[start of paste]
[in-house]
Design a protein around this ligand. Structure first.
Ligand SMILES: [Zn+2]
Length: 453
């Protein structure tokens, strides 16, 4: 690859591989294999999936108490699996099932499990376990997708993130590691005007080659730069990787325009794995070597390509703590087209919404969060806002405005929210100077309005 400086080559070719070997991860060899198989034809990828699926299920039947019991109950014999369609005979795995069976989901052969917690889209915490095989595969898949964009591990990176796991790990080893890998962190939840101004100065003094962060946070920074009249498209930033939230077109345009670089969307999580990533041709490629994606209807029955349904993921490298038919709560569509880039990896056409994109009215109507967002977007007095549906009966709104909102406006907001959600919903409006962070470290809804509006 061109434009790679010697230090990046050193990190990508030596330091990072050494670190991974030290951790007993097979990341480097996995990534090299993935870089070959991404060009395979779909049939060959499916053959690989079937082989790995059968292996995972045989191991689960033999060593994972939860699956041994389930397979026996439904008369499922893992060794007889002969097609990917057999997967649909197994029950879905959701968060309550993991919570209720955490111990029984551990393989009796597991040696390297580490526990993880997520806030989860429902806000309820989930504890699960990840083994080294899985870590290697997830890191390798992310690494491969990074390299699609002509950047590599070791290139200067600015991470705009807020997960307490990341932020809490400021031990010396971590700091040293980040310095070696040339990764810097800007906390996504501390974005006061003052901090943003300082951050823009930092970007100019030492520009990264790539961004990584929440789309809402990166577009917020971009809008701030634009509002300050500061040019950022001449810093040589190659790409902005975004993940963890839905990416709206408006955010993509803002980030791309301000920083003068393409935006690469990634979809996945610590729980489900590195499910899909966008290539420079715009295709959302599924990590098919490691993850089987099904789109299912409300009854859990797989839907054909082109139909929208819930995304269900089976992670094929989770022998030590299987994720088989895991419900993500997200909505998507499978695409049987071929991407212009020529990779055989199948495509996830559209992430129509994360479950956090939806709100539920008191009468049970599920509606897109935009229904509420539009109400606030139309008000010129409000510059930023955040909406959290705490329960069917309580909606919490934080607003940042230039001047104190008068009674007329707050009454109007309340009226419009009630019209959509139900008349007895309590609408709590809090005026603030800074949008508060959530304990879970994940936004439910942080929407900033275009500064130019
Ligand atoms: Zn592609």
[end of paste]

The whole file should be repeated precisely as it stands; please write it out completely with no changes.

[in-house]
Design a protein around this ligand. Structure first.
Ligand SMILES: [Zn+2]
Length: 453
């Protein structure tokens, strides 16, 4: 690859591989294999999936108490699996099932499990376990997708993130590691005007080659730069990787325009794995070597390509703590087209919404969060806002405005929210100077309005 400086080559070719070997991860060899198989034809990828699926299920039947019991109950014999369609005979795995069976989901052969917690889209915490095989595969898949964009591990990176796991790990080893890998962190939840101004100065003094962060946070920074009249498209930033939230077109345009670089969307999580990533041709490629994606209807029955349904993921490298038919709560569509880039990896056409994109009215109507967002977007007095549906009966709104909102406006907001959600919903409006962070470290809804509006 061109434009790679010697230090990046050193990190990508030596330091990072050494670190991974030290951790007993097979990341480097996995990534090299993935870089070959991404060009395979779909049939060959499916053959690989079937082989790995059968292996995972045989191991689960033999060593994972939860699956041994389930397979026996439904008369499922893992060794007889002969097609990917057999997967649909197994029950879905959701968060309550993991919570209720955490111990029984551990393989009796597991040696390297580490526990993880997520806030989860429902806000309820989930504890699960990840083994080294899985870590290697997830890191390798992310690494491969990074390299699609002509950047590599070791290139200067600015991470705009807020997960307490990341932020809490400021031990010396971590700091040293980040310095070696040339990764810097800007906390996504501390974005006061003052901090943003300082951050823009930092970007100019030492520009990264790539961004990584929440789309809402990166577009917020971009809008701030634009509002300050500061040019950022001449810093040589190659790409902005975004993940963890839905990416709206408006955010993509803002980030791309301000920083003068393409935006690469990634979809996945610590729980489900590195499910899909966008290539420079715009295709959302599924990590098919490691993850089987099904789109299912409300009854859990797989839907054909082109139909929208819930995304269900089976992670094929989770022998030590299987994720088989895991419900993500997200909505998507499978695409049987071929991407212009020529990779055989199948495509996830559209992430129509994360479950956090939806709100539920008191009468049970599920509606897109935009229904509420539009109400606030139309008000010129409000510059930023955040909406959290705490329960069917309580909606919490934080607003940042230039001047104190008068009674007329707050009454109007309340009226419009009630019209959509139900008349007895309590609408709590809090005026603030800074949008508060959530304990879970994940936004439910942080929407900033275009500064130019
Ligand atoms: Zn592609």